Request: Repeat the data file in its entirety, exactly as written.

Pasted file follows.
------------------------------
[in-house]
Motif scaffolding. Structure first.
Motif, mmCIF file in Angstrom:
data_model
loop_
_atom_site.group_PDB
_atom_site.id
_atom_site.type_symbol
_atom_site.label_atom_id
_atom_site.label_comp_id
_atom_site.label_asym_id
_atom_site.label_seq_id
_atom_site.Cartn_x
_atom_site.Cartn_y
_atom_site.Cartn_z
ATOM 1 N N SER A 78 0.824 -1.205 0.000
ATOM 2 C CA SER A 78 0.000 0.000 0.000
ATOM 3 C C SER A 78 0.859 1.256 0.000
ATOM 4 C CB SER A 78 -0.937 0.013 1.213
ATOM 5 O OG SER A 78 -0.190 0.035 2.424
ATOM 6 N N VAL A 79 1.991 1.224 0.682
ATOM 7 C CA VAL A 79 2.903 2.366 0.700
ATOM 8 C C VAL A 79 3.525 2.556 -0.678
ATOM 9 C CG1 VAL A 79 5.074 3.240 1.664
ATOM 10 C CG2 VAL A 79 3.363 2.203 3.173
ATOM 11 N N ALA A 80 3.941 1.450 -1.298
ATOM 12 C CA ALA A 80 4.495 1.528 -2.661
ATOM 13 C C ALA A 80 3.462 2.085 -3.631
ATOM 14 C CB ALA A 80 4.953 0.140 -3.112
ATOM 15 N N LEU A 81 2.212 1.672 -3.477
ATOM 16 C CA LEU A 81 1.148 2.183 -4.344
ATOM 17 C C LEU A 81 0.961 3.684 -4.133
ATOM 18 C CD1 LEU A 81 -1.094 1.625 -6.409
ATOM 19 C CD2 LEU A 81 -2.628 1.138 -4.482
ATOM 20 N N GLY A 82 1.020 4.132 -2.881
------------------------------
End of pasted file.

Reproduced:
[in-house]
Motif scaffolding. Structure first.
Motif, mmCIF file in Angstrom:
data_model
loop_
_atom_site.group_PDB
_atom_site.id
_atom_site.type_symbol
_atom_site.label_atom_id
_atom_site.label_comp_id
_atom_site.label_asym_id
_atom_site.label_seq_id
_atom_site.Cartn_x
_atom_site.Cartn_y
_atom_site.Cartn_z
ATOM 1 N N SER A 78 0.824 -1.205 0.000
ATOM 2 C CA SER A 78 0.000 0.000 0.000
ATOM 3 C C SER A 78 0.859 1.256 0.000
ATOM 4 C CB SER A 78 -0.937 0.013 1.213
ATOM 5 O OG SER A 78 -0.190 0.035 2.424
ATOM 6 N N VAL A 79 1.991 1.224 0.682
ATOM 7 C CA VAL A 79 2.903 2.366 0.700
ATOM 8 C C VAL A 79 3.525 2.556 -0.678
ATOM 9 C CG1 VAL A 79 5.074 3.240 1.664
ATOM 10 C CG2 VAL A 79 3.363 2.203 3.173
ATOM 11 N N ALA A 80 3.941 1.450 -1.298
ATOM 12 C CA ALA A 80 4.495 1.528 -2.661
ATOM 13 C C ALA A 80 3.462 2.085 -3.631
ATOM 14 C CB ALA A 80 4.953 0.140 -3.112
ATOM 15 N N LEU A 81 2.212 1.672 -3.477
ATOM 16 C CA LEU A 81 1.148 2.183 -4.344
ATOM 17 C C LEU A 81 0.961 3.684 -4.133
ATOM 18 C CD1 LEU A 81 -1.094 1.625 -6.409
ATOM 19 C CD2 LEU A 81 -2.628 1.138 -4.482
ATOM 20 N N GLY A 82 1.020 4.132 -2.881